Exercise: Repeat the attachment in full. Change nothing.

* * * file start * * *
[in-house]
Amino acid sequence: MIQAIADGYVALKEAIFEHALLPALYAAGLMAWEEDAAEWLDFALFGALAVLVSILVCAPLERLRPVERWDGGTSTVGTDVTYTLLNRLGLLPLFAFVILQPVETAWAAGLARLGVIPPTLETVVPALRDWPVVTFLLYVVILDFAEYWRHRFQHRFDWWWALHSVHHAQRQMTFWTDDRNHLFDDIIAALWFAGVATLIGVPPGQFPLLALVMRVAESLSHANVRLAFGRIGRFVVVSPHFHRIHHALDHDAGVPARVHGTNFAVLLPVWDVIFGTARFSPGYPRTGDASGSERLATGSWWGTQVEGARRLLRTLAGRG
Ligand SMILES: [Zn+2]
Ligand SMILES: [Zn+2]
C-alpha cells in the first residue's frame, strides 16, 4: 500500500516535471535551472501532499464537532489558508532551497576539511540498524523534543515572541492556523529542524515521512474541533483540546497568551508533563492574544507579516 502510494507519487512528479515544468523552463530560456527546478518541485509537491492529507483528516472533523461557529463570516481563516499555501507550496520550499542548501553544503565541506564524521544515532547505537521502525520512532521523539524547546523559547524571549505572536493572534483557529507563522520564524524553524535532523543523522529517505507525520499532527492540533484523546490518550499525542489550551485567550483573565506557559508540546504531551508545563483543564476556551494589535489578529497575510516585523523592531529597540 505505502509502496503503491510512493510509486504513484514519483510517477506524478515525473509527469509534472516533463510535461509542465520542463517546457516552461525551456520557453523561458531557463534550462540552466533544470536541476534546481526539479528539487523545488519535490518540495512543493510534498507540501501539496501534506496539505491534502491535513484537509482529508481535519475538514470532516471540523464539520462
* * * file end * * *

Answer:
[in-house]
Amino acid sequence: MIQAIADGYVALKEAIFEHALLPALYAAGLMAWEEDAAEWLDFALFGALAVLVSILVCAPLERLRPVERWDGGTSTVGTDVTYTLLNRLGLLPLFAFVILQPVETAWAAGLARLGVIPPTLETVVPALRDWPVVTFLLYVVILDFAEYWRHRFQHRFDWWWALHSVHHAQRQMTFWTDDRNHLFDDIIAALWFAGVATLIGVPPGQFPLLALVMRVAESLSHANVRLAFGRIGRFVVVSPHFHRIHHALDHDAGVPARVHGTNFAVLLPVWDVIFGTARFSPGYPRTGDASGSERLATGSWWGTQVEGARRLLRTLAGRG
Ligand SMILES: [Zn+2]
Ligand SMILES: [Zn+2]
C-alpha cells in the first residue's frame, strides 16, 4: 500500500516535471535551472501532499464537532489558508532551497576539511540498524523534543515572541492556523529542524515521512474541533483540546497568551508533563492574544507579516 502510494507519487512528479515544468523552463530560456527546478518541485509537491492529507483528516472533523461557529463570516481563516499555501507550496520550499542548501553544503565541506564524521544515532547505537521502525520512532521523539524547546523559547524571549505572536493572534483557529507563522520564524524553524535532523543523522529517505507525520499532527492540533484523546490518550499525542489550551485567550483573565506557559508540546504531551508545563483543564476556551494589535489578529497575510516585523523592531529597540 505505502509502496503503491510512493510509486504513484514519483510517477506524478515525473509527469509534472516533463510535461509542465520542463517546457516552461525551456520557453523561458531557463534550462540552466533544470536541476534546481526539479528539487523545488519535490518540495512543493510534498507540501501539496501534506496539505491534502491535513484537509482529508481535519475538514470532516471540523464539520462